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A sweeping masterwork of love and loss, secrets and survival, On the Sickle's Edge is told through the voices of three characters who lay bare their family's saga: the endearing, scrappy South-African born Lena, transported to Latvia and later trapped in the USSR; her granddaughter Darya, a true Communist whose growing disillusionment with Soviet ideology places her family at mortal risk; and Steven, a painter from Boston who inadvertently stumbles into the tangled web of his family's past. Against the roiling backdrop of twentieth-century Russia and Eastern Europe, the novel delivers equal parts historical drama, political thriller and poignant love story.
Okay, first, full disclosure: there is no way on earth that I would have finished reading On the Sickle's Edge if it weren't for the fact that I hadn't promised to review it for a TLC book tour. As it is, I wound up skipping in the second half. It's not that the book is poorly written, because it actually grabs the attention very well for an over 400-page historical novel. I've always been fascinated by the horrors of life under the USSR regime (in part because they're given far too little attention in literature due to WWII), and the actual story of this increasingly-growing Jewish family hiding in plain sight in Moscow is gripping and very meaningful for me to read. My favorite point-of-view was Lena's, because she had the most dramatic and fascinating life of all three of the main characters. Also, most of the drama Darya and Steven faced was self-inflicted; Lena was the true innocent of the story, the girl whose life was ripped away from her by the cruelty of the USSR dictatorship.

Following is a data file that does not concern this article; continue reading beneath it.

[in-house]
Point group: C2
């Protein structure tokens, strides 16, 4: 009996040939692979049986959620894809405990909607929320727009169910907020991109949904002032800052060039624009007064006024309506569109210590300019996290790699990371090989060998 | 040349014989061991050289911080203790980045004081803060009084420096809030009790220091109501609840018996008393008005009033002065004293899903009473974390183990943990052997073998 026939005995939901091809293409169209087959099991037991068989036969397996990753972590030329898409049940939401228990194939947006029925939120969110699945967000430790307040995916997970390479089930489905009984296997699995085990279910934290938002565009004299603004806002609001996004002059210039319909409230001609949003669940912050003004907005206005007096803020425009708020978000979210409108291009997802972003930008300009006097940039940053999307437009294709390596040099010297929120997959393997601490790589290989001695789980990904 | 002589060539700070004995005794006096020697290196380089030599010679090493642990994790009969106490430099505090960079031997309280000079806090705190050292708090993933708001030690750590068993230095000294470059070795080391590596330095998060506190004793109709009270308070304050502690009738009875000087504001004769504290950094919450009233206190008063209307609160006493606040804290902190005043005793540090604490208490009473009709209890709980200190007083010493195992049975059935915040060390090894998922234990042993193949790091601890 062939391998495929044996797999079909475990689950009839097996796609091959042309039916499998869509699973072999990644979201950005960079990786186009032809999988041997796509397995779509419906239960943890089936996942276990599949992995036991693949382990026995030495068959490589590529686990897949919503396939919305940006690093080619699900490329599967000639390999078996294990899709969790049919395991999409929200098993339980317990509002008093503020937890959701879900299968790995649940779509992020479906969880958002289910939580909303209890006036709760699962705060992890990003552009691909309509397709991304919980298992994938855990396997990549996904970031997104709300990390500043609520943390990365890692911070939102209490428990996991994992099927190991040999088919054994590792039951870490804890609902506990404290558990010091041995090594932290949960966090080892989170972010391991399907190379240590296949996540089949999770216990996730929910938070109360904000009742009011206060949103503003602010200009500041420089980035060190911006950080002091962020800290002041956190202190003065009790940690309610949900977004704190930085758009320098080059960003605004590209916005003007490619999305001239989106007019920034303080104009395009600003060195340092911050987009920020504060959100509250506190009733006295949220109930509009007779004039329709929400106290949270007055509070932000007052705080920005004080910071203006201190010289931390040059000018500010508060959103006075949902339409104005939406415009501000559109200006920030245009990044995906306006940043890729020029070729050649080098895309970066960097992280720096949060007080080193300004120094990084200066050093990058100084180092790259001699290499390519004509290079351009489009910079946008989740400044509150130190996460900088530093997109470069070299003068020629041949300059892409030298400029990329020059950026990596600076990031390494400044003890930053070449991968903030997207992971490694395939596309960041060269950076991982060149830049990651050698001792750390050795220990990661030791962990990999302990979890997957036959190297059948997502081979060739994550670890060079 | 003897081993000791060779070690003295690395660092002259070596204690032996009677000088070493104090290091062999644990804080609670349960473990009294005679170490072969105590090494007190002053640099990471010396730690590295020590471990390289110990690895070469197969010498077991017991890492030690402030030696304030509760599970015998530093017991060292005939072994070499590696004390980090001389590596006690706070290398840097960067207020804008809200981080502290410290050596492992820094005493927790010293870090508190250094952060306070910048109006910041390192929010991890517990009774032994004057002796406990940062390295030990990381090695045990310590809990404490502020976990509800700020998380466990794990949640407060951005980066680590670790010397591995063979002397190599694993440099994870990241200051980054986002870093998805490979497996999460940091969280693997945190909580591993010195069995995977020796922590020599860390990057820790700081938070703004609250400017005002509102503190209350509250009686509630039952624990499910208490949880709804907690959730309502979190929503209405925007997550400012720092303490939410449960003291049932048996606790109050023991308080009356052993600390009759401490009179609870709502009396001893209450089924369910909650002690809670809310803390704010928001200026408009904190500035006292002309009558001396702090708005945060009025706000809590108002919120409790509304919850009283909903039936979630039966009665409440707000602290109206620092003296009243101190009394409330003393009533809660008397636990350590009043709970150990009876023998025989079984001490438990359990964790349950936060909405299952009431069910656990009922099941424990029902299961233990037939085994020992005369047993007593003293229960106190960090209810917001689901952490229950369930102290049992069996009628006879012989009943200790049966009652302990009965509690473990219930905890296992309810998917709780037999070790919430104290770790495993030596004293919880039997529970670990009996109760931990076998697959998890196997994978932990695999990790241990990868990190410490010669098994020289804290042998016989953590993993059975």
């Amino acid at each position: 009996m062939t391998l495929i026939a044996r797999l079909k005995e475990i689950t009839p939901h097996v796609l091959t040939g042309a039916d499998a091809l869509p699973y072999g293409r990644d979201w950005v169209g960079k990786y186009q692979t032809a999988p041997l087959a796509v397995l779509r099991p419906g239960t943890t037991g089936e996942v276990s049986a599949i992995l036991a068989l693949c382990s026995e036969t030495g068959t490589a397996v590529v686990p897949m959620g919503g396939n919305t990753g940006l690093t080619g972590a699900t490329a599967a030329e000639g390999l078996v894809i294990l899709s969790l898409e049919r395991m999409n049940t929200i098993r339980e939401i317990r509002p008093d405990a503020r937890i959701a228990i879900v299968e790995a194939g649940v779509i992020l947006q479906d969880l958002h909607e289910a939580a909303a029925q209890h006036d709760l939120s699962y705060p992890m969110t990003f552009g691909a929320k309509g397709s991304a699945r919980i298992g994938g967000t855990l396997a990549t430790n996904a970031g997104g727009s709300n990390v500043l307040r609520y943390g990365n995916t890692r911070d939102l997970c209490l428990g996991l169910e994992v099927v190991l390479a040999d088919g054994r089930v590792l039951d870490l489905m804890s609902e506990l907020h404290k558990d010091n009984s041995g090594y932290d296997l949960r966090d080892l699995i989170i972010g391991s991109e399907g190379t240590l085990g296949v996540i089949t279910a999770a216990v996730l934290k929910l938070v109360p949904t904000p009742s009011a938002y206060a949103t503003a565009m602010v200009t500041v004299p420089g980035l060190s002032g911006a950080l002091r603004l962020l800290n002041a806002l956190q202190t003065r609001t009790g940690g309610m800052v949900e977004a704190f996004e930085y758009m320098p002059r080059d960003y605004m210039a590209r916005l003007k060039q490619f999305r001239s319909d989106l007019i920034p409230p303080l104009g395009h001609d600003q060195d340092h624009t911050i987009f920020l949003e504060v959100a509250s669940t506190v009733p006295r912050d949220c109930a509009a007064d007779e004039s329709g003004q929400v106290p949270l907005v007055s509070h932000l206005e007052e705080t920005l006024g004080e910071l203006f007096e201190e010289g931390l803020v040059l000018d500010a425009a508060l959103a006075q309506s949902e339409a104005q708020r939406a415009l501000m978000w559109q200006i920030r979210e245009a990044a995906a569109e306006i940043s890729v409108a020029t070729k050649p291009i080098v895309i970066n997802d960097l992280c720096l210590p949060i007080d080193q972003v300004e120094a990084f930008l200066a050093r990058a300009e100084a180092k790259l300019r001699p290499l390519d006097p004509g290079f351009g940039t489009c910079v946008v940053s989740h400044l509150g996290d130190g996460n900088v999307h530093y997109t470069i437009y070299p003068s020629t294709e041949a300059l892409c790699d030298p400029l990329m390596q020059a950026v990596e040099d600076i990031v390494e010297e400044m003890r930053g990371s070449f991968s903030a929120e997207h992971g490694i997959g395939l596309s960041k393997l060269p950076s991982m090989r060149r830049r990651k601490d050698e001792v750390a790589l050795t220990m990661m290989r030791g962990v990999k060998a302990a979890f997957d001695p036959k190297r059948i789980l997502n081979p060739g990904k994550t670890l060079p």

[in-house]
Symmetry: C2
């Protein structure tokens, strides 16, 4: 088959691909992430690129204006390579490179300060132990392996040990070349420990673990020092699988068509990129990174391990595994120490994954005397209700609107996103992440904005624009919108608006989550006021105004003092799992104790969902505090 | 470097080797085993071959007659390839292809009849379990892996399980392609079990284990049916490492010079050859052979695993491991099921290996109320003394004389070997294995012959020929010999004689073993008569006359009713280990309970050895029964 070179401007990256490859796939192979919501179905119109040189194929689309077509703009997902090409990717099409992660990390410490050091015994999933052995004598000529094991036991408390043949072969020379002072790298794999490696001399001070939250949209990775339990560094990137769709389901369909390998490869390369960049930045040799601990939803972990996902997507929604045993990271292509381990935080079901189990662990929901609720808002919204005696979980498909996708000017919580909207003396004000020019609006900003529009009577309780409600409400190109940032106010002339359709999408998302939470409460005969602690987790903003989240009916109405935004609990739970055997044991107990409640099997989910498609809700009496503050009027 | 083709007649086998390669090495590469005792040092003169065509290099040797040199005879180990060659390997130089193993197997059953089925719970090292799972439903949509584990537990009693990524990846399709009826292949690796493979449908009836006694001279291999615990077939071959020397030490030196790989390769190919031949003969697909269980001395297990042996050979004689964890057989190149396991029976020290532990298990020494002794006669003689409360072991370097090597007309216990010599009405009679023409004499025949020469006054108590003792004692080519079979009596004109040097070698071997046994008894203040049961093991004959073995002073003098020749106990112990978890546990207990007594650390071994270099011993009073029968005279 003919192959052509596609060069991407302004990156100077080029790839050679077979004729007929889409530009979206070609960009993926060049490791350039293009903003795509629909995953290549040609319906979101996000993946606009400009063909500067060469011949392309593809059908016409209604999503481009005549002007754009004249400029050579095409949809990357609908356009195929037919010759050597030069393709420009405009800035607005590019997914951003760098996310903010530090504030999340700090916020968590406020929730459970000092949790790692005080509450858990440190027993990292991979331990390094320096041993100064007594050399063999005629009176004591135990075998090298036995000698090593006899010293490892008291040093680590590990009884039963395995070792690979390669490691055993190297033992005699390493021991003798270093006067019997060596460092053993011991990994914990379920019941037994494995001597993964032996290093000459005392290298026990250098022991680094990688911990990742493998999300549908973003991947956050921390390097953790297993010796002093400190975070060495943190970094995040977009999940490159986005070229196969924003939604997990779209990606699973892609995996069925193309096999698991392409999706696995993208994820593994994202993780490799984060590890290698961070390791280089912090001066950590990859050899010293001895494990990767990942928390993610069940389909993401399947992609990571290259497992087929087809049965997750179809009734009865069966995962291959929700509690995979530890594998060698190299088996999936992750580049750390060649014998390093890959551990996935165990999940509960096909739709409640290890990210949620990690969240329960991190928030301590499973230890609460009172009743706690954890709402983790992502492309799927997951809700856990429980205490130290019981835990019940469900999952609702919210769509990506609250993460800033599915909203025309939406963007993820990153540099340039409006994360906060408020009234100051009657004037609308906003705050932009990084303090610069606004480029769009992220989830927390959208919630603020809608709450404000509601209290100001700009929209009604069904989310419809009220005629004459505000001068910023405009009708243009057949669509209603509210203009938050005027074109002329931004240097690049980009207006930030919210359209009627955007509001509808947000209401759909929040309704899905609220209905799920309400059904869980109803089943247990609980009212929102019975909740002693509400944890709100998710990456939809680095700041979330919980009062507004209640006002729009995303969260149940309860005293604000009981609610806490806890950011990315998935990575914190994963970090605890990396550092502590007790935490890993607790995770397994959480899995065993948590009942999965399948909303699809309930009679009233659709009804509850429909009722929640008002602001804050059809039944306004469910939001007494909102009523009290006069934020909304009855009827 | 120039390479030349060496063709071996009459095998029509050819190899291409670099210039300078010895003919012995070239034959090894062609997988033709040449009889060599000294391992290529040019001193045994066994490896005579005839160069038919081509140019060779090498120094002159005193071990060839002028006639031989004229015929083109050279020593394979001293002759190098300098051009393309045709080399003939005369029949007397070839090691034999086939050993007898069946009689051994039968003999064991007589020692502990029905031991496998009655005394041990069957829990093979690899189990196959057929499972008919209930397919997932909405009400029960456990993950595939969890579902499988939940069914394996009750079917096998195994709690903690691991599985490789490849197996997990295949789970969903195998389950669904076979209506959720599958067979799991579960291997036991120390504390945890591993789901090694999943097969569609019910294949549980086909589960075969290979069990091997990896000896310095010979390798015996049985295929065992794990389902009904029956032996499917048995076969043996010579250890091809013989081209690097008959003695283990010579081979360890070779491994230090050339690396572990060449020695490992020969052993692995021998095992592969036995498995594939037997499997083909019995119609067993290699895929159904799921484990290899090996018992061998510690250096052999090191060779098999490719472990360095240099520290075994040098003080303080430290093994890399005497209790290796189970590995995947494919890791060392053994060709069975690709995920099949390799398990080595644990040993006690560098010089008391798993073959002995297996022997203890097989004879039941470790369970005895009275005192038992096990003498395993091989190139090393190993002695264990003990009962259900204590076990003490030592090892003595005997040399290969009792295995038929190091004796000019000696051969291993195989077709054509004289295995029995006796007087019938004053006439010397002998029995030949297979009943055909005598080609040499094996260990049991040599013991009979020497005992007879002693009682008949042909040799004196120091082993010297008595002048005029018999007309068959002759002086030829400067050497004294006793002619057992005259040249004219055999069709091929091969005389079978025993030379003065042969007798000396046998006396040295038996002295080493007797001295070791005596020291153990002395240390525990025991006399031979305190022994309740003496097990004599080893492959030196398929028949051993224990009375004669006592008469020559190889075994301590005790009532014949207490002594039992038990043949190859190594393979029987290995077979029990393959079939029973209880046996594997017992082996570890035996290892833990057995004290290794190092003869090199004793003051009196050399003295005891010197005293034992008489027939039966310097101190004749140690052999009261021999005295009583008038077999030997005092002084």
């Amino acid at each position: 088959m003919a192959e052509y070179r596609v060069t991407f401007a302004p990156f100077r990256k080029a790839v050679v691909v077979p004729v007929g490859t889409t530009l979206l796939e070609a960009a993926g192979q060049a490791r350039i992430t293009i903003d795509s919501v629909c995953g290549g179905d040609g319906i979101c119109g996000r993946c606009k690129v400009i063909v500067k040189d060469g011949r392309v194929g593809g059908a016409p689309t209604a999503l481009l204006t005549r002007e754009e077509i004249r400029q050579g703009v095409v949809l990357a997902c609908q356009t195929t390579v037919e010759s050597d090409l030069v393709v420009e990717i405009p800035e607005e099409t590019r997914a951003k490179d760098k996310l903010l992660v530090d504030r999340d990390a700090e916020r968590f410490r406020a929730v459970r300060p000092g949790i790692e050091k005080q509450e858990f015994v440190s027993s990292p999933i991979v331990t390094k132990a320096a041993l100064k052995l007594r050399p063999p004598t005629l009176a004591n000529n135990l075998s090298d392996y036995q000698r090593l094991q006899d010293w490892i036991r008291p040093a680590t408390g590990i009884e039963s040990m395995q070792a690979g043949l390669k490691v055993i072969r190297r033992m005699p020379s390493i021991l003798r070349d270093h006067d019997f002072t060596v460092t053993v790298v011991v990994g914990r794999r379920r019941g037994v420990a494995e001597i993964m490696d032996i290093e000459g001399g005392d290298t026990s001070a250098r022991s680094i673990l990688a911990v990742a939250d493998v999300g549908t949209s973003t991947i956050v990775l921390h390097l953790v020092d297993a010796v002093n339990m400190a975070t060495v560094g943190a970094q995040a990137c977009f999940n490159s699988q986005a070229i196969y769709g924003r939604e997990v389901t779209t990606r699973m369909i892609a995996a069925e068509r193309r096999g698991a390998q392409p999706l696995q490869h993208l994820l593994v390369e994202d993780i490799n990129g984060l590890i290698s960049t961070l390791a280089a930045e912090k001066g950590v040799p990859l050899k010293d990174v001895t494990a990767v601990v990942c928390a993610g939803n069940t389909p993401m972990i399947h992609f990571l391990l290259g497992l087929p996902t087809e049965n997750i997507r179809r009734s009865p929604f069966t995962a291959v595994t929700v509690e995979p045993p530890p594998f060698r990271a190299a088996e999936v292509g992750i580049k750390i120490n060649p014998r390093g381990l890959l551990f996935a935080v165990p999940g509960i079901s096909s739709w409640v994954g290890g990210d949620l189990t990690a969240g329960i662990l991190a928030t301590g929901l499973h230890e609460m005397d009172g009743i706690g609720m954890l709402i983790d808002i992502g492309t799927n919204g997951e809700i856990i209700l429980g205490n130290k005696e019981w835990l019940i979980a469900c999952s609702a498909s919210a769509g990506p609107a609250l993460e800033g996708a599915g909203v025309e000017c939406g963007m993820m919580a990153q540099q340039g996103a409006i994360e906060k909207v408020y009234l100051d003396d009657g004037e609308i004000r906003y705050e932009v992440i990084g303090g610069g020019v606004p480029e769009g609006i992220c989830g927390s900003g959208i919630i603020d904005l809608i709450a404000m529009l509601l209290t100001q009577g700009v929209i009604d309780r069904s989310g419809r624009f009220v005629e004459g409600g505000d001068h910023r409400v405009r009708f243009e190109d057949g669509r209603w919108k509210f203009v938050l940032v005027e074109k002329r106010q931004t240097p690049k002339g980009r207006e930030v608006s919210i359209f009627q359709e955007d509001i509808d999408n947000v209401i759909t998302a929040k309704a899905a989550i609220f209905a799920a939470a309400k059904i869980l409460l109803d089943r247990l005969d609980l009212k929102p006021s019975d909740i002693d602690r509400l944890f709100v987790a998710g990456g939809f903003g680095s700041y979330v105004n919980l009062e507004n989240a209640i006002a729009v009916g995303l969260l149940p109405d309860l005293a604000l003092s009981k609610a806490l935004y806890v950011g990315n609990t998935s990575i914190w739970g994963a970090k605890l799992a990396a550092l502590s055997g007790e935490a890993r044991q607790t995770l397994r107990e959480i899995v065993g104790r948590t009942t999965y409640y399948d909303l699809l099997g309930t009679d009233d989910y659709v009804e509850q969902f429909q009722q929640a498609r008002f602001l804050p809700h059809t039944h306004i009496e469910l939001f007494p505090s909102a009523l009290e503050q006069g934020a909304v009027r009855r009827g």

So . . . what happened? Why did I almost put On the Sickle's Edge down, and why did I finish it with a sour taste in my mouth? I think a lot of my distaste for the book boils down to the fact that it's an adult novel, and I very much prefer middle-grade and young-adult books. I forgot, in my excitement about this book's topic, that so many fictional adult books have way more graphic content than I'm used to. And I'm not talking about violence–there was that too, of course, but that was to be expected. No, I'm talking about sex. For one thing, all three characters are way to easy about it; Steven is particularly promiscuous. I could still mostly forgive the book for its characters' loose morals, excusing them away as accurate depictions of the way people in their situations behaved, but what I can't be okay with are the graphic sex scenes (including ones between distant cousins–still kind of ew!) that are sprinkled into the text. I have no desire to read content like that, so I did my best to skip over them and plow through in honor of my pledge to review the book. When the author started throwing important dialogue pieces into the middle of those scenes, though, that's when I got really frustrated and started skipping pages to just get through the book already. There's some horrible stuff in there, including several times where Darya's husband clearly rapes her, and I just don't want to read that!
Call me a baby if you want, but that's how I feel. I don't have much more to say about the book, besides the fact that it's so complex and historically significant that more liberal readers than I will probably love it. Oh, and also that Darya's husband was so evil I actually found him very unrealistic. Were there men like him in the USSR? Maybe, but it seems strange that he never showed even the slightest sign of humanity or weakness–ever.
Maybe I'm just not the right audience for this book, so maybe you will like it more than I did. If you've read the description, and what I've described doesn't turn you off, then try On the Sickle's Edge for yourself. Be sure to comment below with your thoughts once you've finished it!
Disclaimer: I received a complimentary copy of this novel for the purpose of participating in a TLC Book Tour.